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Studies of Religion Essay - Module 9

Compare and contrast the religious expression found in Judaism and Christianity.

You are to determine what factors are common in terms of Religious Expression and
practice.

Christianity and Judaism share similarities and differences which dates back to the Christian Era.
This similarities and contrasting differences are significant in prayer, the Shabbat/Sabbath and
meals.

In Christianity, there are many prayers. However, there are two that are the most common and are
known by all who follow the Christian faith. The Lord's Prayer is presented as an outline for an
approach to prayer. This analysis reveals different aspects to the prayer which can be seen to
represent different types of prayer. Furthermore, prayer plays a significant role in the lives of
Christian adherents, which is exemplified through the Morning and Evening prayer. Christians have
been traditionally taught to begin and end each day with prayer and accordingly the pattern of
morning and evening prayer is widely followed. Typically a morning prayer is one of dedication to
God, while the evening prayer is one that thanks God. Similarly, the Jewish community also shares
the same importance of prayer in their lives. Jewish adherents too, have prayer, which they pray in
the morning, afternoon and at night. However, the place where they differed from one another is
not only the amount of time each adherent prays, but also the meaning behind why each adherent
prays in the first place. Judaism had three Patriarchs, Abraham, Isaac and Jacob. Each of these
Patriarchs represented a quality. Abraham served God with kindness and love, Isaac served God
with awe and strict judgement, while Jacob served God with mercy. Moreover, it is writing in the 613
mitzvot serve God with all your heart and all your soul. Jewish adherents follow this
commandment by praying with love, awe and mercy.

In Christianity is called, Sabbath and is also a weekday, however it is held on a Sunday. Christians go
to church and celebrate mass. It is also a day of rest, as stated in the 10 commandments. The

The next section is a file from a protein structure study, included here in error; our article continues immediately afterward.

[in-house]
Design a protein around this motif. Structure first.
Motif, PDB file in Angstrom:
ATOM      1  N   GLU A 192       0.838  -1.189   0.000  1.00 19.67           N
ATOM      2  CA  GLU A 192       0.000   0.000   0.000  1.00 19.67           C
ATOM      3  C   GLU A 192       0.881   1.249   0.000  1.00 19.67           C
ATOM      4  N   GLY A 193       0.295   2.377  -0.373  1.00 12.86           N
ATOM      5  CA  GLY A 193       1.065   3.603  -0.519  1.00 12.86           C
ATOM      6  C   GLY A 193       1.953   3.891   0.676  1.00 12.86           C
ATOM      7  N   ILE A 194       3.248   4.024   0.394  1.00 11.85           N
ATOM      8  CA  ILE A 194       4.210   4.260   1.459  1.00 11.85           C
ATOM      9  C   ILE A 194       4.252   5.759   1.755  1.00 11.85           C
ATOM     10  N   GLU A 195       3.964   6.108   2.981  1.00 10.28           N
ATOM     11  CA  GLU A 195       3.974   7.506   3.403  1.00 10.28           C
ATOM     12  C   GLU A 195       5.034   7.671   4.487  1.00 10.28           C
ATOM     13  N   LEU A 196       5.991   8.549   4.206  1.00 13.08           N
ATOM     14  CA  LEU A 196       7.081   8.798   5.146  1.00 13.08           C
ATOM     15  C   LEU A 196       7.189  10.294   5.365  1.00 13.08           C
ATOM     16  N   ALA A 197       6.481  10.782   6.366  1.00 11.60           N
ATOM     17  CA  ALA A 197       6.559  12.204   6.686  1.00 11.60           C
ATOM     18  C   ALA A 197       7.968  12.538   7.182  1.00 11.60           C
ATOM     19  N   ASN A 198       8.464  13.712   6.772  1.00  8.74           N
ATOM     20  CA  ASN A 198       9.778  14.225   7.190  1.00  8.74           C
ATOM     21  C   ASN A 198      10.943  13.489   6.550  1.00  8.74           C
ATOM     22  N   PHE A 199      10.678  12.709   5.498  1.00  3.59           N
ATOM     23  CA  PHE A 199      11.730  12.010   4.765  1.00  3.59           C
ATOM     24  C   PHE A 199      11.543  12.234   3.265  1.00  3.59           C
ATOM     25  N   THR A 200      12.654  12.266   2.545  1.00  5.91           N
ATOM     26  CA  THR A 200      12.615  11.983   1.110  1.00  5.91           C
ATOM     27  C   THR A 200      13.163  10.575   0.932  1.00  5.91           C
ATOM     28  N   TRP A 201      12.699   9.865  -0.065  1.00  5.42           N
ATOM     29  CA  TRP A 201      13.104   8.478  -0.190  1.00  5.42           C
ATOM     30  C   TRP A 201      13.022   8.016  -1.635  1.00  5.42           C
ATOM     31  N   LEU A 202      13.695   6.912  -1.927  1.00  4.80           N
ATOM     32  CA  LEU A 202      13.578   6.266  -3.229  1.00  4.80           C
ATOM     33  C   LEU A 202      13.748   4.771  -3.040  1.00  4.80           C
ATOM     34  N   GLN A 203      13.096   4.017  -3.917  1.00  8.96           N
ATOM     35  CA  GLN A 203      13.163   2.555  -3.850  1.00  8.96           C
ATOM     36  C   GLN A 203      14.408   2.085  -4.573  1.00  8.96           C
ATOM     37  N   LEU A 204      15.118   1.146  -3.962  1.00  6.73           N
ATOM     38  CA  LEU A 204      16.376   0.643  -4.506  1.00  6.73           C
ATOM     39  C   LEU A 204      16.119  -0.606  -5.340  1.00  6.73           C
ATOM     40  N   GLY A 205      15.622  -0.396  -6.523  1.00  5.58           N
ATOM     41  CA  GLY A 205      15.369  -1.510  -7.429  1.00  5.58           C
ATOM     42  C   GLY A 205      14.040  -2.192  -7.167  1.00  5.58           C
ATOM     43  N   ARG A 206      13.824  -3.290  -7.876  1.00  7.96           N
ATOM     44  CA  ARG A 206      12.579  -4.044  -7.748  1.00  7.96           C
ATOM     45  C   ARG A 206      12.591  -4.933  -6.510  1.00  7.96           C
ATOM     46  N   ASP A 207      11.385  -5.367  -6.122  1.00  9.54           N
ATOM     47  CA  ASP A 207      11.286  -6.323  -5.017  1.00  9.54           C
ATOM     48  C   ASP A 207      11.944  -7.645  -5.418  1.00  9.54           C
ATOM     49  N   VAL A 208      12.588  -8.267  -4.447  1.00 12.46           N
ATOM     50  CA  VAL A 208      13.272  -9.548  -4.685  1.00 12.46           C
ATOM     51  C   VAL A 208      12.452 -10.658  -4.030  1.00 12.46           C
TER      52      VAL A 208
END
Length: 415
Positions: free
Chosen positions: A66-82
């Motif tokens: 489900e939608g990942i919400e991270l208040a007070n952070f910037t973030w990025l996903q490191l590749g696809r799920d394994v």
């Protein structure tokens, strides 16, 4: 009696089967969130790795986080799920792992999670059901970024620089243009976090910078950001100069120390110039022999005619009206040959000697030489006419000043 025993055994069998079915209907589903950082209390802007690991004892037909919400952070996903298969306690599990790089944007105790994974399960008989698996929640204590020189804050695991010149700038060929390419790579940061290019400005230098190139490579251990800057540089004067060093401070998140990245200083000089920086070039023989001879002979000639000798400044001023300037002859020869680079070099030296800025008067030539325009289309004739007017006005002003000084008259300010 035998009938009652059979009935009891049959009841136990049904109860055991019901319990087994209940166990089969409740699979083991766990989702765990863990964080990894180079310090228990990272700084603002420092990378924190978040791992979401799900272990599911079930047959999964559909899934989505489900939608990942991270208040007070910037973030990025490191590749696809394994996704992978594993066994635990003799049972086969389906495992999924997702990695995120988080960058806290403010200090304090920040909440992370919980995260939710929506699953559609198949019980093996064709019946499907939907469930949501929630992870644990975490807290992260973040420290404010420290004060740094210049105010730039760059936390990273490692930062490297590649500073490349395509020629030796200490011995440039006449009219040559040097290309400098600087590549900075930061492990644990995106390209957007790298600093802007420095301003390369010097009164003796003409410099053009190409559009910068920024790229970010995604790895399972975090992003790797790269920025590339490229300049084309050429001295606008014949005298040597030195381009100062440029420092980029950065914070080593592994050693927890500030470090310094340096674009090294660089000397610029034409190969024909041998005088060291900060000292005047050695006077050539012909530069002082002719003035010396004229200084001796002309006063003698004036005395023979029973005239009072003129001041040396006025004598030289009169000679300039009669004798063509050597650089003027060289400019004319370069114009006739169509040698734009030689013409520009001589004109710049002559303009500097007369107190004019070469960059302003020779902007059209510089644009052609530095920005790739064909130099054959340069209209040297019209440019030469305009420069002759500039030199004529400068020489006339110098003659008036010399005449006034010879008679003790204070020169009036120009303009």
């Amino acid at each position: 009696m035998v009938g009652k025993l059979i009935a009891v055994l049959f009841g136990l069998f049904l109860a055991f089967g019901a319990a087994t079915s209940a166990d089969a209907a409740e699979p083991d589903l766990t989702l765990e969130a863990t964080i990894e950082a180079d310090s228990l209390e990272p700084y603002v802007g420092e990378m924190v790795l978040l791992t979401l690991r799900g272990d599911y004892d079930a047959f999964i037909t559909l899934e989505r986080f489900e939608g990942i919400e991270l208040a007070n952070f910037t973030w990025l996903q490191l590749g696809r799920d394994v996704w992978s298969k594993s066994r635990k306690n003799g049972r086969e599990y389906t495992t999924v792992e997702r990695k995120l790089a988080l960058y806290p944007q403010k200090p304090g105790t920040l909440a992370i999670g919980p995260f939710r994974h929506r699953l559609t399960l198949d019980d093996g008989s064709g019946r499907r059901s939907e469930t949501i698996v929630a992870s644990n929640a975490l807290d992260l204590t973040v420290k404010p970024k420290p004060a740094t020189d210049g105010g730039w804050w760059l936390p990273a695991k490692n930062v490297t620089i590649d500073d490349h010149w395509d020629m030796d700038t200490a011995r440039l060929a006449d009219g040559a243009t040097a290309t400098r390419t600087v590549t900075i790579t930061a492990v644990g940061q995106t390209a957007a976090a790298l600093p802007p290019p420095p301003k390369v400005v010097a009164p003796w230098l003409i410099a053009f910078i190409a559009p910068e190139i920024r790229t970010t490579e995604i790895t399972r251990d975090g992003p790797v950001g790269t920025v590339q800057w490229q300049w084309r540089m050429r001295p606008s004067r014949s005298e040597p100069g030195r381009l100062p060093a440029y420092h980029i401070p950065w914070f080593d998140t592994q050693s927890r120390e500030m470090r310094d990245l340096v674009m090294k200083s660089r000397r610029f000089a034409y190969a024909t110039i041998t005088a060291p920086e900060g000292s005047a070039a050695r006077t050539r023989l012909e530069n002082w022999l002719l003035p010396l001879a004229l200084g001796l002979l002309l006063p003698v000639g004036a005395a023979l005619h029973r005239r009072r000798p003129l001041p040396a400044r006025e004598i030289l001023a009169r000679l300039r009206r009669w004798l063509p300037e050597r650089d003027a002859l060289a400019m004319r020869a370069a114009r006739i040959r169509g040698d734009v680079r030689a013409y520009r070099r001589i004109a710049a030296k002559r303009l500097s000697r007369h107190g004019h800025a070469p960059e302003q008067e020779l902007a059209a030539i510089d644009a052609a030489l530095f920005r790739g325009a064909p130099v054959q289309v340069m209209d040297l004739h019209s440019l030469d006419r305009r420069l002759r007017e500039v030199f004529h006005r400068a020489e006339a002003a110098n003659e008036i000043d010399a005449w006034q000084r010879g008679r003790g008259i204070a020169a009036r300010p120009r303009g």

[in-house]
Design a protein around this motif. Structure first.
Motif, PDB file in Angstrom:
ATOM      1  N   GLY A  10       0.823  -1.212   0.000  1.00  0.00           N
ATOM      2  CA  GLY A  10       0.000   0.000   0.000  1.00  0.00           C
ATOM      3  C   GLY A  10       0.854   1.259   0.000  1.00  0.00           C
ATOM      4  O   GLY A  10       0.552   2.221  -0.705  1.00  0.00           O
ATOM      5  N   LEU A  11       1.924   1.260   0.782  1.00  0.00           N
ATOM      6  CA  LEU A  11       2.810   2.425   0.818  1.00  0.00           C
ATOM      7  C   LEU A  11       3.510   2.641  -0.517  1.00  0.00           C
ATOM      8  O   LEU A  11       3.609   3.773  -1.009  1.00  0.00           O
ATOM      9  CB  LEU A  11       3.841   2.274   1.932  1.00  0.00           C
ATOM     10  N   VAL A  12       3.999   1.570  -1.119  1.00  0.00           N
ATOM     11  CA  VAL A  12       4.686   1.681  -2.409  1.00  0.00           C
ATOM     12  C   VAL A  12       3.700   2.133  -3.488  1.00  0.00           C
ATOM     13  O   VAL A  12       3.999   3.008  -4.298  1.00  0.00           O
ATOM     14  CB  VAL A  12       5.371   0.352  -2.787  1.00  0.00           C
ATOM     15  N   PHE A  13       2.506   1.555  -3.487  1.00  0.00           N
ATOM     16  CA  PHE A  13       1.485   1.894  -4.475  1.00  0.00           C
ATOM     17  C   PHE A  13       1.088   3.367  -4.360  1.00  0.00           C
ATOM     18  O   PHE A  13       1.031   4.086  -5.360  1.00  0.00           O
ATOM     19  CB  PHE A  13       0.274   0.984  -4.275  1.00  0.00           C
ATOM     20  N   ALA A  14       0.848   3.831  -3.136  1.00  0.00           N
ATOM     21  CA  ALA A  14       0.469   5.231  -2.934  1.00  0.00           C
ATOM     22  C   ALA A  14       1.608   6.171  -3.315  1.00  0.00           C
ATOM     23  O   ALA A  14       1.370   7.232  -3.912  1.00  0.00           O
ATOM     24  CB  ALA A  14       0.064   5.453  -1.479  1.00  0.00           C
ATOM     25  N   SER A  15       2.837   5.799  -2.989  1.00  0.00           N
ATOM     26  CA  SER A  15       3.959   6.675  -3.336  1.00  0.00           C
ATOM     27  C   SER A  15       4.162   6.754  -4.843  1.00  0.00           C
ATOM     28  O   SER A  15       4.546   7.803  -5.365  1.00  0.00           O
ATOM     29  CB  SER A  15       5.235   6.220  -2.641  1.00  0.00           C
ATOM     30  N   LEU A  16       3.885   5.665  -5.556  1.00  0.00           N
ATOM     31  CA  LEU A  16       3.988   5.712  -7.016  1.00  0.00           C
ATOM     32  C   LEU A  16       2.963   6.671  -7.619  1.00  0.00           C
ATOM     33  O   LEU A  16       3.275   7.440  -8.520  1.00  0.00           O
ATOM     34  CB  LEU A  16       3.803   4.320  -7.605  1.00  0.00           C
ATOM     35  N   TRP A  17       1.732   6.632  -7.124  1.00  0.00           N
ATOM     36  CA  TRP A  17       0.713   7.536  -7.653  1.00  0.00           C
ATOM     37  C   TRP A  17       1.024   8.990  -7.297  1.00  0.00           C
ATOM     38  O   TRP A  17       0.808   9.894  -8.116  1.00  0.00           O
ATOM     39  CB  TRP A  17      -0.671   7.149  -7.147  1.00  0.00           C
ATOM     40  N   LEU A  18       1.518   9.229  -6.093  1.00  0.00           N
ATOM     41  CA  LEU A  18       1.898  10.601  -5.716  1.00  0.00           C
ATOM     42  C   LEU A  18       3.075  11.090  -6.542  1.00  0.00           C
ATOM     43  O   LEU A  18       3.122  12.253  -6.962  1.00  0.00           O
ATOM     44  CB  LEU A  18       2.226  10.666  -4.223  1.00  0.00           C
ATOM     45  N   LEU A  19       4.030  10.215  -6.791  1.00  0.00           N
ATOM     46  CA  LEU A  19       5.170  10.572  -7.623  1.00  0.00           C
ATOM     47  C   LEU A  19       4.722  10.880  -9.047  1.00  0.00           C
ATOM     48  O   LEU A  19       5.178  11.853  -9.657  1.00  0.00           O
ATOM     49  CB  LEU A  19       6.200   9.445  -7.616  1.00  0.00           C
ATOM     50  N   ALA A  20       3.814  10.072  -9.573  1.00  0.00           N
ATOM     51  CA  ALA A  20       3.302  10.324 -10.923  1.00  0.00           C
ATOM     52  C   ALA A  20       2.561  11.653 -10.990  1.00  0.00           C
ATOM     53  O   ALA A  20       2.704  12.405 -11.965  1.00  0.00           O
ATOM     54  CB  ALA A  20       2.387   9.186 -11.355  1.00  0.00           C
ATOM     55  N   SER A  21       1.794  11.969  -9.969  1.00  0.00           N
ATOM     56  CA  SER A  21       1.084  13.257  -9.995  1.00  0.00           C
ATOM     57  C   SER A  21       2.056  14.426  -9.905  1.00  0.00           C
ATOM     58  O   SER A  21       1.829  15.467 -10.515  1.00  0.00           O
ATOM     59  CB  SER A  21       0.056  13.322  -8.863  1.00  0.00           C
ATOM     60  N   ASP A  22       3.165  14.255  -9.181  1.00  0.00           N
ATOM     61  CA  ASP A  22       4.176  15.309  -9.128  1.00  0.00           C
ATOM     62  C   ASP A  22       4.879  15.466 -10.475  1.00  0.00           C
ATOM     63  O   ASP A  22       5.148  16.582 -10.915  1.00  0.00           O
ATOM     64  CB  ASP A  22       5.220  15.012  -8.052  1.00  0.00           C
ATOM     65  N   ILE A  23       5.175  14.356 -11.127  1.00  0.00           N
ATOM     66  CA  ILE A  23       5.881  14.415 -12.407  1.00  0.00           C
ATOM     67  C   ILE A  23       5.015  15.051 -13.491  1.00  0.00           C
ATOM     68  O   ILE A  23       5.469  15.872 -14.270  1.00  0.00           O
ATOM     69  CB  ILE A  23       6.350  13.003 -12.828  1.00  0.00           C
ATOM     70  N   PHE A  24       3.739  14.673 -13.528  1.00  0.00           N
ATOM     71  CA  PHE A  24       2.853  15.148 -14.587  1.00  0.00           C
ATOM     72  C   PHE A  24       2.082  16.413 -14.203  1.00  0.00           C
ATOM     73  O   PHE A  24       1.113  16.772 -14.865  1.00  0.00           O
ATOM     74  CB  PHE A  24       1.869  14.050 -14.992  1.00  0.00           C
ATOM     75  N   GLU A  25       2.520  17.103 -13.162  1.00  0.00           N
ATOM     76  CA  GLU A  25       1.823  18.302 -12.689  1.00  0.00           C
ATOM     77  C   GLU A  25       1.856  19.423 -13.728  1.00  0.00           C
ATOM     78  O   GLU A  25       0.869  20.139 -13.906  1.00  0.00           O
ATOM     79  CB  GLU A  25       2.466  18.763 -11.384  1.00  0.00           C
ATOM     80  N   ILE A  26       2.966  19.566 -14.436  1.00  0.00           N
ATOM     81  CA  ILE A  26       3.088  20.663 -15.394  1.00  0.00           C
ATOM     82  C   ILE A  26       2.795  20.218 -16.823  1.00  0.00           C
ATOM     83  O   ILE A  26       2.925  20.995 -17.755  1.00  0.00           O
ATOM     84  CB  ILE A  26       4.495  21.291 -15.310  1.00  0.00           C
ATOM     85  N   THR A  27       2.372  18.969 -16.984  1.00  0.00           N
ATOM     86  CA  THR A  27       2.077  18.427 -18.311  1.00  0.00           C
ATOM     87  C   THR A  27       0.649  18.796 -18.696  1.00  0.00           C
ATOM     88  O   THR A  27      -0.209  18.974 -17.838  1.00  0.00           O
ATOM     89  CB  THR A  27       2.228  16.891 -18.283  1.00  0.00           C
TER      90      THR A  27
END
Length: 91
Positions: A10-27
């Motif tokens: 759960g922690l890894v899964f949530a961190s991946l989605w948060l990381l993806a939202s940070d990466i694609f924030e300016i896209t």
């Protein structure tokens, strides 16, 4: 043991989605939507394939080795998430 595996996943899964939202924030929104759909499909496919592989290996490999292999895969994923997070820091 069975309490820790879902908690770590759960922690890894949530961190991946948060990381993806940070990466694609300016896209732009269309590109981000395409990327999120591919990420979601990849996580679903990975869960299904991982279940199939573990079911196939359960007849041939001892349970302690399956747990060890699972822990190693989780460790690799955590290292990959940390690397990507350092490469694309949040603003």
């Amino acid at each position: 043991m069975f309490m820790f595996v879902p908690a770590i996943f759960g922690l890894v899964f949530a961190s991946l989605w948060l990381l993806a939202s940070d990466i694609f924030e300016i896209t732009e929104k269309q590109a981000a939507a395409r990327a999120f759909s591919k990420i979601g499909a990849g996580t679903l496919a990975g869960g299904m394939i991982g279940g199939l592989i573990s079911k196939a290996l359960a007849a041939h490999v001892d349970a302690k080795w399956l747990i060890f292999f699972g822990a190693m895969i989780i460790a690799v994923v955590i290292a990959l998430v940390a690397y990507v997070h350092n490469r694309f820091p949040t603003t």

Christian sabbath is on sunday, rather than on saturday. Although both the Shabbat and Sabbath
share similarities, Christians do not take the sabbath as serious as Jews, they do not have set rules
and do not formally prepare for the idea of their rest day. They are only told rather, to keep it holy,
as said in Remember to keep the Sabbath day holy Exodus 20:1-17. For Christians, they do not have
to prepare or settle any affairs as compared to Jews. This impacts their lives as they are only called
to reflect upon God and what he has created and done for them. In Judaism, the Shabbat is
practiced from every friday evening to saturday evening. Specifically at sundown. For adherents,
Shabbat is a precious gift from God, a day of happiness and joy that they eager for throughout the
week. They must put aside all of their weekly concerns and take a break from any work, ensuring
that they devote themselves to their faith. It is primarily a day of rest and a chance to further
enlighten themselves spiritually. For Jews, it has a significant impact on the way they practice. They
have to prepare for the day, ensuring that all affairs are dealt with before it commences.

In Judaism, all meals regardless of it being traditional or not must adhere to the rules of Kashrut, a
set of jewish religious dietary laws. Foods that adhere to the Kashrut are deemed Kosher foods and
may be consumed. Every friday evening, dinner is usually the most popular Shabbat meal. It begins
with a blessing called Kiddush. They would usually eat Challah which is braided bread with wine
which are also blessed. Meat is also a part of their traditional meals. They consider it a luxury and a
special type of food. However, Christians only has the Bread and Wine which symbolises the Body
and blood of Christ. Furthermore, this is only eaten on Sunday when the Sabbath takes place and on
special occasions. This further, contributes to the fact that meals have little significance compared
to significance of meals of a Jewish adherent.

In conclusion, there are a vast majority of similarities and differences that separate the two
religions. However, the differences in prayer, the Shabbat/Sabbath and meals make the two
religion more significant in its own right.